By contrast, Graduation represents a renewed engagement with the textures and challenges of everyday life in today’s Romania, along with a somewhat more personal perspective: the director has said that some of the film was inspired by his own experiences while driving his kids to school. He has also cited a variety of news events as informing the particulars of his story, including the rape of a young woman in broad daylight, within sight of bystanders who were unwilling to help. In interviews, Mungiu has also recalled his own decision to stay behind in Romania after the fall of communism, using language similar to Romeo’s in the movie: “I made the decision at age twenty-one to stay in Romania and try to change things at home,” he told Matt Fagerholm. Mungiu is a part of the world he’s presenting, in other words, and in interrogating this society’s attitudes, he’s at least partly confronting his own.

Perhaps that’s why, beyond depicting a culture going to rot, Graduation seems more concerned with offering a look at a man whose bubble of entitlement and self-importance is gradually punctured. Mungiu lets us know early on that, despite Romeo’s vision of himself as an upright individual, he is actually fully integrated into a place where duplicity and moral compromise are just part of the rhythm of life. Within the first fifteen minutes of the film, we see Romeo pay a visit to his young mistress, Sandra (Mălina Manovici), after dropping his daughter off at school. As he exits his car outside Sandra’s apartment building, Romeo carries two shopping bags full of groceries for her; a few minutes later, after leaving the bed, the young woman looks through the bags, a subtle hint that their relationship has a transactional component. Indeed, Sandra rarely cracks a smile in Romeo’s presence. This may well be due to her frustration that he still hasn’t made any kind of commitment to her, but even so, she does not seem like a woman in love.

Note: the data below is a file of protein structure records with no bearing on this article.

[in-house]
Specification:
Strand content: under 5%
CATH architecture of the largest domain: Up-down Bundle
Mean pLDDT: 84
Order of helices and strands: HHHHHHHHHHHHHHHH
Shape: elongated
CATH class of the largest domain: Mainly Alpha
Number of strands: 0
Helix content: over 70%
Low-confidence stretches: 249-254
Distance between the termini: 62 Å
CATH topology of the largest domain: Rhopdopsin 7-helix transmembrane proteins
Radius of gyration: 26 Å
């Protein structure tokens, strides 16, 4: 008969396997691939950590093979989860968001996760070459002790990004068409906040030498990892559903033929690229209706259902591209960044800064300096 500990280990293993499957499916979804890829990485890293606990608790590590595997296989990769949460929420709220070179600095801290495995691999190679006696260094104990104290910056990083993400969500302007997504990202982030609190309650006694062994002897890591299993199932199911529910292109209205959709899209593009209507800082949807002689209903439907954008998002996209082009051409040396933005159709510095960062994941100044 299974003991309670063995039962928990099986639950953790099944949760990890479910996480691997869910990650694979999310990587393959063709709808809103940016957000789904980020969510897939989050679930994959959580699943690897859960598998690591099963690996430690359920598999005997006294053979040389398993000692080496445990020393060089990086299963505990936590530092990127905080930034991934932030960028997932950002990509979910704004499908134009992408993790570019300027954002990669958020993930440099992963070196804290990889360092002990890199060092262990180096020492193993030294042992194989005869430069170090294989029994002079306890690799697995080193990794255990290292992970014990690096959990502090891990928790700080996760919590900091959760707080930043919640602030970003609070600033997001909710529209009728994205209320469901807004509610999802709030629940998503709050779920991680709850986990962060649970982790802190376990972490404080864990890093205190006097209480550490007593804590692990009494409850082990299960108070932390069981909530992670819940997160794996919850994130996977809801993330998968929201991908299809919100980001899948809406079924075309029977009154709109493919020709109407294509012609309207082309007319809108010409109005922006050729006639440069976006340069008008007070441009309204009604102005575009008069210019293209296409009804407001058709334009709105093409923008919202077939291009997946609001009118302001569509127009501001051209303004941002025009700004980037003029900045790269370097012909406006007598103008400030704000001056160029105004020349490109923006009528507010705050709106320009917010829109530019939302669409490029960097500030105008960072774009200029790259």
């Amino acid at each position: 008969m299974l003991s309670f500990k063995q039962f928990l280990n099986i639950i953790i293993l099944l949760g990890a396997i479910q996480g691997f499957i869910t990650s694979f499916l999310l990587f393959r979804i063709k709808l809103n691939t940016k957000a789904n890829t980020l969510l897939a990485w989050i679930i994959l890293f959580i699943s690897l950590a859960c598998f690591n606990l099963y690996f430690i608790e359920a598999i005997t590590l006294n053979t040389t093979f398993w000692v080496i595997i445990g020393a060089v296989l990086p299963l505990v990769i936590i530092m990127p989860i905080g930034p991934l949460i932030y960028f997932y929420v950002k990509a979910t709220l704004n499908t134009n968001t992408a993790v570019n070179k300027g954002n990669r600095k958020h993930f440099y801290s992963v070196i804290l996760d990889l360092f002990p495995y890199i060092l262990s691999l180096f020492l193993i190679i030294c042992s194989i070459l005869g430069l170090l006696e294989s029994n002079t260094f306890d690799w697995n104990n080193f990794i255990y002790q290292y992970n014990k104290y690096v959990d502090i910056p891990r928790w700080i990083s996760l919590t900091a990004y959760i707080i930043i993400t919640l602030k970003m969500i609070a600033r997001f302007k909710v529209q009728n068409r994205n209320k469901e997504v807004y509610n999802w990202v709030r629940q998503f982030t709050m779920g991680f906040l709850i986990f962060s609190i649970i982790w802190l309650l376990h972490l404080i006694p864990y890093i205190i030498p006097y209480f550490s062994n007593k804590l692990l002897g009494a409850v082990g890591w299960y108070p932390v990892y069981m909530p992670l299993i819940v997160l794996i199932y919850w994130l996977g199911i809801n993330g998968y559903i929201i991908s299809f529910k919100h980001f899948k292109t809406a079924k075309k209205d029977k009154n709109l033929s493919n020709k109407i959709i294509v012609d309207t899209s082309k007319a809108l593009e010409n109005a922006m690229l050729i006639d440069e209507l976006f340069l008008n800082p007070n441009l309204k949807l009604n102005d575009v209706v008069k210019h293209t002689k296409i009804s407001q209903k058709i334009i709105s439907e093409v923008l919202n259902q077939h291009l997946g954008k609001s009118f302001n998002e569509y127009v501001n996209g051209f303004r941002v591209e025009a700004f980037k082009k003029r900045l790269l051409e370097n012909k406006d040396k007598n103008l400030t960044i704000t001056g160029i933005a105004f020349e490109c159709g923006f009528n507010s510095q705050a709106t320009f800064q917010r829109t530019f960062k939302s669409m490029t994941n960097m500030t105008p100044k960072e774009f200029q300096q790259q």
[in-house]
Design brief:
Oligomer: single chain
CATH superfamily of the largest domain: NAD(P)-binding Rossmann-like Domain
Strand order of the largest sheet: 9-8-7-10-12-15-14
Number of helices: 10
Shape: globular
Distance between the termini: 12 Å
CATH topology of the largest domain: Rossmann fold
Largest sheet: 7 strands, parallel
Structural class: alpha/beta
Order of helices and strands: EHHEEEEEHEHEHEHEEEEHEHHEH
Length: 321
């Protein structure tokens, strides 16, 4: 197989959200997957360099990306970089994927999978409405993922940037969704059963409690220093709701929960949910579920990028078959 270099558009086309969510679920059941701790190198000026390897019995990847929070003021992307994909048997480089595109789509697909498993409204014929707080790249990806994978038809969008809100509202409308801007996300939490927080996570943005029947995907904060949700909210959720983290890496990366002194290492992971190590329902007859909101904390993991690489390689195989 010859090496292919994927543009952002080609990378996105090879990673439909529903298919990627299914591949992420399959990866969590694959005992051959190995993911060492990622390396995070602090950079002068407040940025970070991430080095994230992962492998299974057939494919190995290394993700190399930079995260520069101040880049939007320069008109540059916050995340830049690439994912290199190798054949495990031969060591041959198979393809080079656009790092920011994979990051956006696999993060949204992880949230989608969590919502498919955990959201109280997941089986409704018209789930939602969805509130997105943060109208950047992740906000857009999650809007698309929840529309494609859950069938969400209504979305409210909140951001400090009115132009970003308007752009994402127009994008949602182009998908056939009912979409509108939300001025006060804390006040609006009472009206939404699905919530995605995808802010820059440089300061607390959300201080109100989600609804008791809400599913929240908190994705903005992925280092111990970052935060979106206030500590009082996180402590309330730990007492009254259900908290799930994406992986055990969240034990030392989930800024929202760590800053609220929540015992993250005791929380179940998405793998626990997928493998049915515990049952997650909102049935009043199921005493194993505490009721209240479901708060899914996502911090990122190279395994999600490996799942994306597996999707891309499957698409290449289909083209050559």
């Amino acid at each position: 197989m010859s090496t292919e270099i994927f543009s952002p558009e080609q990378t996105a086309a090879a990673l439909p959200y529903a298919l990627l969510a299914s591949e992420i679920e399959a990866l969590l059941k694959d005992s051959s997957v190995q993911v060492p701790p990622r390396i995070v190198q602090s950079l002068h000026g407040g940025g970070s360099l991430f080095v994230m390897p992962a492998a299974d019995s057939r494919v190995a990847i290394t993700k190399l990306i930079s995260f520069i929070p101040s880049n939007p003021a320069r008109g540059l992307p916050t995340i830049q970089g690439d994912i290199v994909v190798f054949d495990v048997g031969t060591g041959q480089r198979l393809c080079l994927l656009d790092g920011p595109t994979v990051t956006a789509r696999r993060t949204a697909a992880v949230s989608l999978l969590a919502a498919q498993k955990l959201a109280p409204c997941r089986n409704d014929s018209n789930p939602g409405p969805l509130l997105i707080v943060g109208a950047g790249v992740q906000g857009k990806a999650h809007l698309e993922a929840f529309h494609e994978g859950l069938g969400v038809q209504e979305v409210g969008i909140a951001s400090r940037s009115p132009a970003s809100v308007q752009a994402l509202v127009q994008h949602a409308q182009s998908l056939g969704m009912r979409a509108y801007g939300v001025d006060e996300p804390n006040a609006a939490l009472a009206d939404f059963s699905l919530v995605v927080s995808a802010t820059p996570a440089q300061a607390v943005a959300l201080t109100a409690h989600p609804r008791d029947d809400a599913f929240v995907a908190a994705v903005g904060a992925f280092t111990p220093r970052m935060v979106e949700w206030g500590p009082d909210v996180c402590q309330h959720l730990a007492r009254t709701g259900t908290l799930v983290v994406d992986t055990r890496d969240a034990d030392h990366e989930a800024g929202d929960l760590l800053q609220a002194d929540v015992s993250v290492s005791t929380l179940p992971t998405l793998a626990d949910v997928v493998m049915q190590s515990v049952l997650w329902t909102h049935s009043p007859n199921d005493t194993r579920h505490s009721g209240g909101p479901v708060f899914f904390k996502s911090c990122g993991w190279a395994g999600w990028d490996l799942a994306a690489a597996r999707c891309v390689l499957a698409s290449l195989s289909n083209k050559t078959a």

There’s also the fact that Sandra is Eliza’s English tutor, and that she initially met Romeo after he treated her in the wake of a car crash. If there are any lines of propriety or ethical behavior here, Romeo has already crossed a few of them. It’s telling that all three of the women in Romeo’s life are injured or ill in some way, and his response to each is different. He doesn’t seem particularly interested in Magda’s ongoing illness, and he doesn’t spend time with her even when they’re home together; they barely look at each other throughout the film. He does seem genuinely attentive to Sandra’s recovering wounds, however, noting with care early on that they’re improving. As for Eliza’s assault, despite some initial parental concern, his focus is directed primarily at its impact on her grades. At times, it’s hard not to wonder whether this man sees his daughter’s attempted rape as a logistical challenge more than anything else.

Mungiu does not judge his characters, however. This type of behavior, he suggests, is often the cost of existence in a land where institutions are ineffective: Eliza’s attacker may well have been a convict who escaped from prison the day before; school administrators won’t let her postpone her test, and they’re even reluctant—absurdly so—to allow her to take her exam with a cast on her arm. (As they note, one student was caught with the answers written on a Band-Aid the year before. The cheating begets more rules, which in turn beget more cheating; it’s a vicious circle.) In order to even plead his case with the school administrator, Romeo needs to convince the guard at the gates to let him in, and it’s his own mistress, Sandra, who intervenes to help. Our hero, the upstanding physician who scoffs at the corruption around him and wants his daughter to leave it all behind, is a paid-in-full member of a society where his status and connections buy him access and privileges few can afford.